Wednesday, February 6, 2008

Ugly Shoes Save the Day

I'm not a shoe person.

Unlike "normal" women, I care nothing for shoe fashions. I'd go barefoot all the time if I could. In my mind, the best qualities a shoe can have are to be so comfortable and inconspicuous that I never have to think about them. (For the record, I feel the same way about cars: I want only a vehicle that will carry me and my stuff to my destination with zero fuss, so I don't have to think about the car at all.)

Because of this indifferent attitude toward shoes, most of my footwear is either simple black or simple white, because those colors go with everything.

But uncharacteristically, this past summer, while shopping for sheep feed at Tractor Supply, on a whim I bought a pair of bright lime green rubber clogs.

They are really, REALLY ugly shoes. They are lumpy in shape. They are garishly colored. And for weeks after I bought them, they made obnoxious farting sounds every time I took a step.

You'd think these loud, bright, rude shoes would be exactly the kind of thing I would hate, but instead I LOVE them, and wear them every day, even during the winter!

Because they are clogs, they are easy to slip on and off. I can pop my feet in them quickly to run outside to do a chore, and kick them off just as easily when I come back inside. They are lightweight, soft, and flexible, so my feet don't feel confined. Because they are rubber, they are waterproof, so as long as I don't step in any deep puddles, I can walk through muddy horse paddocks or accidentally splash myself with the hose while filling water troughs, without my feet getting wet.

And best of all, because the shoes are so incredibly ugly, I don't care what happens to them. They can get grungy and manure-stained. The cats can sharpen their claws on them. Whatever. It doesn't matter, because they are already as ugly as they can be.

They are the ultimate shoe for me!

Yesterday, they also saved me from what could have been a very painful injury. I was walking across the sheep paddock, tending the sheep, when all of a sudden my shoe felt funny. I looked down and saw that there was a large twig stuck to the sole. I tried to brush it off, but the twig wouldn't budge. Then I realized it was a locust twig.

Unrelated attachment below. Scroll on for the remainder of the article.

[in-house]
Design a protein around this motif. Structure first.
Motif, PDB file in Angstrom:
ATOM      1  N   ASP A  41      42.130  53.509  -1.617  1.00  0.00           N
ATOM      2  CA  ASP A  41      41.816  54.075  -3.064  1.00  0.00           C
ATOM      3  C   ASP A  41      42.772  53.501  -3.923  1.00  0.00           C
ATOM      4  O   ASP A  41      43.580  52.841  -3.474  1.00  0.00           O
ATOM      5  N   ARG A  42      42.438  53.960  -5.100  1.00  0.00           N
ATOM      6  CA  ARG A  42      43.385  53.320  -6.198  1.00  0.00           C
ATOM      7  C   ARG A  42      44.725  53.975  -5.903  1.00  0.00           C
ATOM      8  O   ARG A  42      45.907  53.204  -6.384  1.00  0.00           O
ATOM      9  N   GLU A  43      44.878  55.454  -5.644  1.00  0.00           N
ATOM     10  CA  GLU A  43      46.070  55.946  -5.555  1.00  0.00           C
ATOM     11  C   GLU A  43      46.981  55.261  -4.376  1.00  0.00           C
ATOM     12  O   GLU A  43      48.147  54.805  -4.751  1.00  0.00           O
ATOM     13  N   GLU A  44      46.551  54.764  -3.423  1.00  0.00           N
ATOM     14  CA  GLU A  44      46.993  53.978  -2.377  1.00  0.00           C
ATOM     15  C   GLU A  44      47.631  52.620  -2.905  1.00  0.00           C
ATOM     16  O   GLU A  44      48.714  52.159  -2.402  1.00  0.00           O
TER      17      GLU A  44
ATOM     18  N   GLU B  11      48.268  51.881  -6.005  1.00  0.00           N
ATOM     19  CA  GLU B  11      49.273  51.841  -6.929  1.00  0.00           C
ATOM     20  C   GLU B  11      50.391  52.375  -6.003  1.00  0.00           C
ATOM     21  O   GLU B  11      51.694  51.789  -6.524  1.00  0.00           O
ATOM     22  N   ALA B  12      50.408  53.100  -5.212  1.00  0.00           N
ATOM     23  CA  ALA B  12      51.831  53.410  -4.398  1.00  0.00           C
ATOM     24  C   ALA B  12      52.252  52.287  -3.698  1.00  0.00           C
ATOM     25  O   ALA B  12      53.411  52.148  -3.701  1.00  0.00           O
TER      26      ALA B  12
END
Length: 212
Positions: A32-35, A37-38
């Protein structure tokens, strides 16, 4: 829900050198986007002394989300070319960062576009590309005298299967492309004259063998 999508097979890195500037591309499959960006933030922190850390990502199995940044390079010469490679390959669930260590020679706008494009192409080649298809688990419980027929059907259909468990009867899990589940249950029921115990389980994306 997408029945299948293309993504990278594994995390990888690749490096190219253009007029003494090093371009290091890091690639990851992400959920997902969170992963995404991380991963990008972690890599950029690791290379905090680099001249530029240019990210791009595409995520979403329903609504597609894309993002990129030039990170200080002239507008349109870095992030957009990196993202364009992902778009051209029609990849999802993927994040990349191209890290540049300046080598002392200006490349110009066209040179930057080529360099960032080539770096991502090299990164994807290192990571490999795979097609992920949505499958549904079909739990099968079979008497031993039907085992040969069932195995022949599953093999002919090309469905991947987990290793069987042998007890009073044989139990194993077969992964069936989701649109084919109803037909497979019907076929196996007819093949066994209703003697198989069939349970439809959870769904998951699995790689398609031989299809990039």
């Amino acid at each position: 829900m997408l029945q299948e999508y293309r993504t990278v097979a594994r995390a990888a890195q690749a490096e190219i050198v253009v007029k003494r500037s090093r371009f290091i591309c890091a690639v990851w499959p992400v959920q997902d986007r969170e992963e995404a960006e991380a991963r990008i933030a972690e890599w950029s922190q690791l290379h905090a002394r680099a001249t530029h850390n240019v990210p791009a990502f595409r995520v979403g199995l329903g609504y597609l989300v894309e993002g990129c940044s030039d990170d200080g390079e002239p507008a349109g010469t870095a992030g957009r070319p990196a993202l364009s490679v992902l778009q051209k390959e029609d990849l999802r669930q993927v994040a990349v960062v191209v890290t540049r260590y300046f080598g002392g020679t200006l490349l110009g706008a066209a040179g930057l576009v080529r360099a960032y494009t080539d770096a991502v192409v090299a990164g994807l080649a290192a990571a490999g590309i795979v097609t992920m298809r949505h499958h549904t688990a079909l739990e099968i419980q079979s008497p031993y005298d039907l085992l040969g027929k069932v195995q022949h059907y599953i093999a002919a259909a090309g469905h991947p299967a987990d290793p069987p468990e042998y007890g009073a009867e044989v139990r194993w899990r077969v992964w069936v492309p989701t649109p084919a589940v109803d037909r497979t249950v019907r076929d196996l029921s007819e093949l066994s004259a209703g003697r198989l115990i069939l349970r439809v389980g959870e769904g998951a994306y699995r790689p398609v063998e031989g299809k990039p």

Our driveway, next to the sheep paddock, is lined with large honey locust trees. The sheep love to eat the seed pods that fall from these trees all fall and winter. But the trees have huge thorns. If you've never seen them, you have no idea what I mean by huge.

Think of what you would consider a large thorn. Double the size of that. Got it? That's the size of the small thorns that stick out of the sides of the big thorns on these trees. Yes, that's right. Honey locust thorns have thorns of their own. The longest ones are longer than my hand! Here's an example of what they look like.

Anyway, whenever it's really windy here, the trees tend to drop a few small twigs and branches. I had stepped on one, and one of the thorns drove itself diagonally into the thick rubber sole of the clog. When I pulled it out, the thorn was nearly 2 inches long. OUCH! That sure could have hurt.

I know, I know, if I'd been wearing something with harder soles, the thorn would have been deflected and wouldn't have poked into the shoe at all. But my feet hate the constrictive feeling of hard soles. So I'm just happy that my ugly clogs saved the day (and my feet).


Andy said...

My small church used honey locust branches to make a crown of thorns for their annual Easter play. Very realistic!

Nancy Chase said...

I would think so! Those things are really sharp!

Anonymous said...

Those aren't thorns, they're spears!!!! Gosh I took a look at the link and was stunned.